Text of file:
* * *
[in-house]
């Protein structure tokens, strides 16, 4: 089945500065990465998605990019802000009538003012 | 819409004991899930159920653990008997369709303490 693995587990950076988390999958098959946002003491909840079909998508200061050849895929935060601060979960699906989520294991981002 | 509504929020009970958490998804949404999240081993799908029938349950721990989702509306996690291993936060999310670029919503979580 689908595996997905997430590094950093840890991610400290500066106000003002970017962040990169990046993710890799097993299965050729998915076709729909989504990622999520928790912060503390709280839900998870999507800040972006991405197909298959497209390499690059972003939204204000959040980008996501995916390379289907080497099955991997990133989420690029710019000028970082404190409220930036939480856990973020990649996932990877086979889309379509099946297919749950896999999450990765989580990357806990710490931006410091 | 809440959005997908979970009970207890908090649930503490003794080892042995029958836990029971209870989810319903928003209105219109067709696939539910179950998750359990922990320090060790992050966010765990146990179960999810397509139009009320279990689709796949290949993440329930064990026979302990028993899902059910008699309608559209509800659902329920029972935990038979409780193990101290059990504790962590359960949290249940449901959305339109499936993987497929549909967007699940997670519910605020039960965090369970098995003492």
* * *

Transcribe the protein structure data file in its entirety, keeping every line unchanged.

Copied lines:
[in-house]
């Protein structure tokens, strides 16, 4: 089945500065990465998605990019802000009538003012 | 819409004991899930159920653990008997369709303490 693995587990950076988390999958098959946002003491909840079909998508200061050849895929935060601060979960699906989520294991981002 | 509504929020009970958490998804949404999240081993799908029938349950721990989702509306996690291993936060999310670029919503979580 689908595996997905997430590094950093840890991610400290500066106000003002970017962040990169990046993710890799097993299965050729998915076709729909989504990622999520928790912060503390709280839900998870999507800040972006991405197909298959497209390499690059972003939204204000959040980008996501995916390379289907080497099955991997990133989420690029710019000028970082404190409220930036939480856990973020990649996932990877086979889309379509099946297919749950896999999450990765989580990357806990710490931006410091 | 809440959005997908979970009970207890908090649930503490003794080892042995029958836990029971209870989810319903928003209105219109067709696939539910179950998750359990922990320090060790992050966010765990146990179960999810397509139009009320279990689709796949290949993440329930064990026979302990028993899902059910008699309608559209509800659902329920029972935990038979409780193990101290059990504790962590359960949290249940449901959305339109499936993987497929549909967007699940997670519910605020039960965090369970098995003492």